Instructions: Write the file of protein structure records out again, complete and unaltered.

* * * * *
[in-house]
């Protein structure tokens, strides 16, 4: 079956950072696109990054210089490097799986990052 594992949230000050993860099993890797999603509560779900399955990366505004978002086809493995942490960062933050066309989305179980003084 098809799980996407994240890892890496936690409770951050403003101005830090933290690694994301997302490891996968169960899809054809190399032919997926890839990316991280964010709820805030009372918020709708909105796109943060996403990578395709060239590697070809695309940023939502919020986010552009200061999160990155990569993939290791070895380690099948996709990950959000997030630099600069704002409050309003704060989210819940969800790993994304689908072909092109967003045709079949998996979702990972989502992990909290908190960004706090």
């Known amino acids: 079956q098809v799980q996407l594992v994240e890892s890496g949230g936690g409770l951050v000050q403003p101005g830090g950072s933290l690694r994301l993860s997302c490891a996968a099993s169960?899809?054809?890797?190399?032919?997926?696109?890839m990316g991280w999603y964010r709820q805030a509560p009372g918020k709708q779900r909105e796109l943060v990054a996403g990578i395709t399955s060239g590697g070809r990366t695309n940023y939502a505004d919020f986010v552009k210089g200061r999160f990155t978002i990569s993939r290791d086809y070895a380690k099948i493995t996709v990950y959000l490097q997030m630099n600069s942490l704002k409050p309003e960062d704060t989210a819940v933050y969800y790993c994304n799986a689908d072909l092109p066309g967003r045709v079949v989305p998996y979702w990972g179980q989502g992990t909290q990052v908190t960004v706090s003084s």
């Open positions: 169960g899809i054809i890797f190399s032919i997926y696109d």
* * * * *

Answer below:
[in-house]
């Protein structure tokens, strides 16, 4: 079956950072696109990054210089490097799986990052 594992949230000050993860099993890797999603509560779900399955990366505004978002086809493995942490960062933050066309989305179980003084 098809799980996407994240890892890496936690409770951050403003101005830090933290690694994301997302490891996968169960899809054809190399032919997926890839990316991280964010709820805030009372918020709708909105796109943060996403990578395709060239590697070809695309940023939502919020986010552009200061999160990155990569993939290791070895380690099948996709990950959000997030630099600069704002409050309003704060989210819940969800790993994304689908072909092109967003045709079949998996979702990972989502992990909290908190960004706090």
């Known amino acids: 079956q098809v799980q996407l594992v994240e890892s890496g949230g936690g409770l951050v000050q403003p101005g830090g950072s933290l690694r994301l993860s997302c490891a996968a099993s169960?899809?054809?890797?190399?032919?997926?696109?890839m990316g991280w999603y964010r709820q805030a509560p009372g918020k709708q779900r909105e796109l943060v990054a996403g990578i395709t399955s060239g590697g070809r990366t695309n940023y939502a505004d919020f986010v552009k210089g200061r999160f990155t978002i990569s993939r290791d086809y070895a380690k099948i493995t996709v990950y959000l490097q997030m630099n600069s942490l704002k409050p309003e960062d704060t989210a819940v933050y969800y790993c994304n799986a689908d072909l092109p066309g967003r045709v079949v989305p998996y979702w990972g179980q989502g992990t909290q990052v908190t960004v706090s003084s």
């Open positions: 169960g899809i054809i890797f190399s032919i997926y696109d």